Once you have completed the training missions and are up for some real combat, strap yourself in and go into the Campaign mode. The Campaign is what sets this combat sim apart from any other on the market. The campaign is not scripted, like almost every other sim, but it is generated by the campaign engine, which provides a number of randomly generated missions that you can select from. All of this takes place in real time, which means air and ground movements happen simultaneously and continue even if you are not in your aircraft. You can view the news, information, and events that have happened during the campaign. You can even watch the war go on, watch the balance shift to one side to the other, without ever flying a mission. The Campaign can also be run through multiplayer mode, which can accommodate a number of people equal to the number of available of planes, while those who do not have a plane to fly can watch the war progress. If someone has a permanent Internet connection, they could act as a server and host a non-stop campaign, so people could come and go as they please.

    A word of caution, running the Campaign on a system that meets the minimum requirements will be extremely slow and virtually unplayable due to the vast amount of information that has to be processed.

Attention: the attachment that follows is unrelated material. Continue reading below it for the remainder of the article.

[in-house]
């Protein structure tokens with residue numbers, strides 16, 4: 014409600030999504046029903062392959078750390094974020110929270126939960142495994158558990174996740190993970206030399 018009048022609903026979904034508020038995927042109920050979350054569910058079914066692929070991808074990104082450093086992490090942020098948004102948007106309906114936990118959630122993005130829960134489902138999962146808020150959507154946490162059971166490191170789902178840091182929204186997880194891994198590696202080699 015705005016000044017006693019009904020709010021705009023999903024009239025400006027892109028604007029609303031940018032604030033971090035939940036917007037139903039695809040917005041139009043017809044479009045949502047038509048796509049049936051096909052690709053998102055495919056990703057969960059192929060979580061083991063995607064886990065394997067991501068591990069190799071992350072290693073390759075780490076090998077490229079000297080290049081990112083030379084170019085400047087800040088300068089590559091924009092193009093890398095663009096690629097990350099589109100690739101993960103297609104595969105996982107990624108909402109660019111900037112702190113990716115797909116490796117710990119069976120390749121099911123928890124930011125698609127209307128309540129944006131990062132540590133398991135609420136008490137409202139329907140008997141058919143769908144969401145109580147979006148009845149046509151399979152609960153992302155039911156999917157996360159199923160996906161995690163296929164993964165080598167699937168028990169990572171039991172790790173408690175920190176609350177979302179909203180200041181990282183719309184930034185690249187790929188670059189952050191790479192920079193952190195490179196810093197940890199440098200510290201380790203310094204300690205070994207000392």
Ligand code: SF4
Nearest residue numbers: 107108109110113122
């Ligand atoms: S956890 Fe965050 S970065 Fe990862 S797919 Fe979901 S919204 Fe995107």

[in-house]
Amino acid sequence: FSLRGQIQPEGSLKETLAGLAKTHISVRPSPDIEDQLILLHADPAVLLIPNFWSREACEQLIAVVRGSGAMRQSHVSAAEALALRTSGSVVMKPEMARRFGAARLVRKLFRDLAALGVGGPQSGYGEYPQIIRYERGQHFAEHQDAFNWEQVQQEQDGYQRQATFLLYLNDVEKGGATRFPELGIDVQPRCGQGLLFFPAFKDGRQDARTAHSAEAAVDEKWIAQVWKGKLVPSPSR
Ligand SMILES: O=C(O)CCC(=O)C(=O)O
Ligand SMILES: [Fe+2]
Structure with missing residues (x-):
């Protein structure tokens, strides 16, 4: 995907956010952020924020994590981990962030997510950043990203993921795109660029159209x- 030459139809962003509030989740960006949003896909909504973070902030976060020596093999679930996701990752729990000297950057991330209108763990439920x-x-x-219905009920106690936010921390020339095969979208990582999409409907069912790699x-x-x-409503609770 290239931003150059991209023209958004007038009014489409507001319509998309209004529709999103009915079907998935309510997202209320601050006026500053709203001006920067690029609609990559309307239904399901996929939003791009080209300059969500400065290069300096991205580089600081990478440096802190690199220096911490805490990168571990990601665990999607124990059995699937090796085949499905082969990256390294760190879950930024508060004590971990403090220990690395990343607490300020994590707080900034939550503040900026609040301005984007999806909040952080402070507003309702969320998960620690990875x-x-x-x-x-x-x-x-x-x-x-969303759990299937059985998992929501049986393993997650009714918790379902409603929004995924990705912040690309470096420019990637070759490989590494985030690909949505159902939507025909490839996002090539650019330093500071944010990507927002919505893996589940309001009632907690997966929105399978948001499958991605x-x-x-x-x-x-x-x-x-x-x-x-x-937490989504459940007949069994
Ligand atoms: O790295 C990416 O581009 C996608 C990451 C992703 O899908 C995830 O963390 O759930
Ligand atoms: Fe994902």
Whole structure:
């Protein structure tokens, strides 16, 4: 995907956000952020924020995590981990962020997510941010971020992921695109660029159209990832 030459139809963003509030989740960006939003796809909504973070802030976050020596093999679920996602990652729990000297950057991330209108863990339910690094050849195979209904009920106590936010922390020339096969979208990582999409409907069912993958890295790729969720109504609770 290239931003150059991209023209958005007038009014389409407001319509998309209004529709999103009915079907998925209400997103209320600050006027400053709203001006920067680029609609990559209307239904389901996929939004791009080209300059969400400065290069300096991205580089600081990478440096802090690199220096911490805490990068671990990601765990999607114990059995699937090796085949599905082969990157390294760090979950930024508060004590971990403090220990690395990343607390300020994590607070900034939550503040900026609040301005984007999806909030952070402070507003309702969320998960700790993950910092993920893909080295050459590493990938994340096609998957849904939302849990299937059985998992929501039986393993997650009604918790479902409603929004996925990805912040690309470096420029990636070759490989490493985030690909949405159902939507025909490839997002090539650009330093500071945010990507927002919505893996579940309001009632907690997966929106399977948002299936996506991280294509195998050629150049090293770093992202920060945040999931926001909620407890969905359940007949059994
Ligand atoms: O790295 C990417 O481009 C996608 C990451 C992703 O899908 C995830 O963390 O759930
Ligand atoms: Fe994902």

The Cockpit

    The real F-16 has hundreds of switches, gauges, and other instruments, many of which work in Falcon 4.0. Unless you are a real F-16 pilot, it is going to take a while before you master all of these. The good thing is that instead of having to remember numerous key commands, most of the switches, knobs, etc, can be activated with the click of the mouse. The 2 MFDs (Multifunctional Displays) have 20 OSBs (Option Select Buttons) located around each one. A Quick Reference Chart is included that has a keyboard chart and a list of key commands.

    Ripple pulse some bombs on the air field to do some serious damage.


    Even though I had the graphics set to the lowest setting, the graphics are incredible. The level of detail of the F-16, buildings, ground, water, structure, etc, are the best that I have ever seen. Even the weapon effects are superb, the way the bullets from the Vulcan hit the water, to the concussion rings that emanate from bomb explosions, it almost looks real. The only thing is that in order to get great graphics and acceptable frame rates, you will need a beast of a system.